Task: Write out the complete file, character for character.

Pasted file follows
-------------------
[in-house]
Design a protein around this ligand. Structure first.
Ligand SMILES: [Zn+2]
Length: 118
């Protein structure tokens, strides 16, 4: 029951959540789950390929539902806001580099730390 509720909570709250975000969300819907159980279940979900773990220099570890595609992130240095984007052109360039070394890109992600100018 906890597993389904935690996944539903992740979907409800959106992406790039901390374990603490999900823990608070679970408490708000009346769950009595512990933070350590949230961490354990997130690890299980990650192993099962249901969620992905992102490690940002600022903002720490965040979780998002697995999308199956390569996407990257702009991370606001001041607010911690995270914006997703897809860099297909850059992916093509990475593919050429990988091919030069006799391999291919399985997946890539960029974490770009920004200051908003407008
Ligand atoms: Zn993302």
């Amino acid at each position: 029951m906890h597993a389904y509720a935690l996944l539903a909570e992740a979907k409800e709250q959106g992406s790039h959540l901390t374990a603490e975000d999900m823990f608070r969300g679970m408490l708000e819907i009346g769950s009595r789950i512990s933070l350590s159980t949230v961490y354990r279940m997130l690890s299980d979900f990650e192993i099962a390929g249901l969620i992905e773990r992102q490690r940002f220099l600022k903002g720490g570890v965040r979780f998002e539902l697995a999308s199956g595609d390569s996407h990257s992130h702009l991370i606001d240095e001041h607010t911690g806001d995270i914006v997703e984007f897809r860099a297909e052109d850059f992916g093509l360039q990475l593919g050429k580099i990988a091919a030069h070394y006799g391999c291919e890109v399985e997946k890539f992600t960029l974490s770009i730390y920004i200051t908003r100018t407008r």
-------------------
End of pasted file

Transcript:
[in-house]
Design a protein around this ligand. Structure first.
Ligand SMILES: [Zn+2]
Length: 118
């Protein structure tokens, strides 16, 4: 029951959540789950390929539902806001580099730390 509720909570709250975000969300819907159980279940979900773990220099570890595609992130240095984007052109360039070394890109992600100018 906890597993389904935690996944539903992740979907409800959106992406790039901390374990603490999900823990608070679970408490708000009346769950009595512990933070350590949230961490354990997130690890299980990650192993099962249901969620992905992102490690940002600022903002720490965040979780998002697995999308199956390569996407990257702009991370606001001041607010911690995270914006997703897809860099297909850059992916093509990475593919050429990988091919030069006799391999291919399985997946890539960029974490770009920004200051908003407008
Ligand atoms: Zn993302």
């Amino acid at each position: 029951m906890h597993a389904y509720a935690l996944l539903a909570e992740a979907k409800e709250q959106g992406s790039h959540l901390t374990a603490e975000d999900m823990f608070r969300g679970m408490l708000e819907i009346g769950s009595r789950i512990s933070l350590s159980t949230v961490y354990r279940m997130l690890s299980d979900f990650e192993i099962a390929g249901l969620i992905e773990r992102q490690r940002f220099l600022k903002g720490g570890v965040r979780f998002e539902l697995a999308s199956g595609d390569s996407h990257s992130h702009l991370i606001d240095e001041h607010t911690g806001d995270i914006v997703e984007f897809r860099a297909e052109d850059f992916g093509l360039q990475l593919g050429k580099i990988a091919a030069h070394y006799g391999c291919e890109v399985e997946k890539f992600t960029l974490s770009i730390y920004i200051t908003r100018t407008r």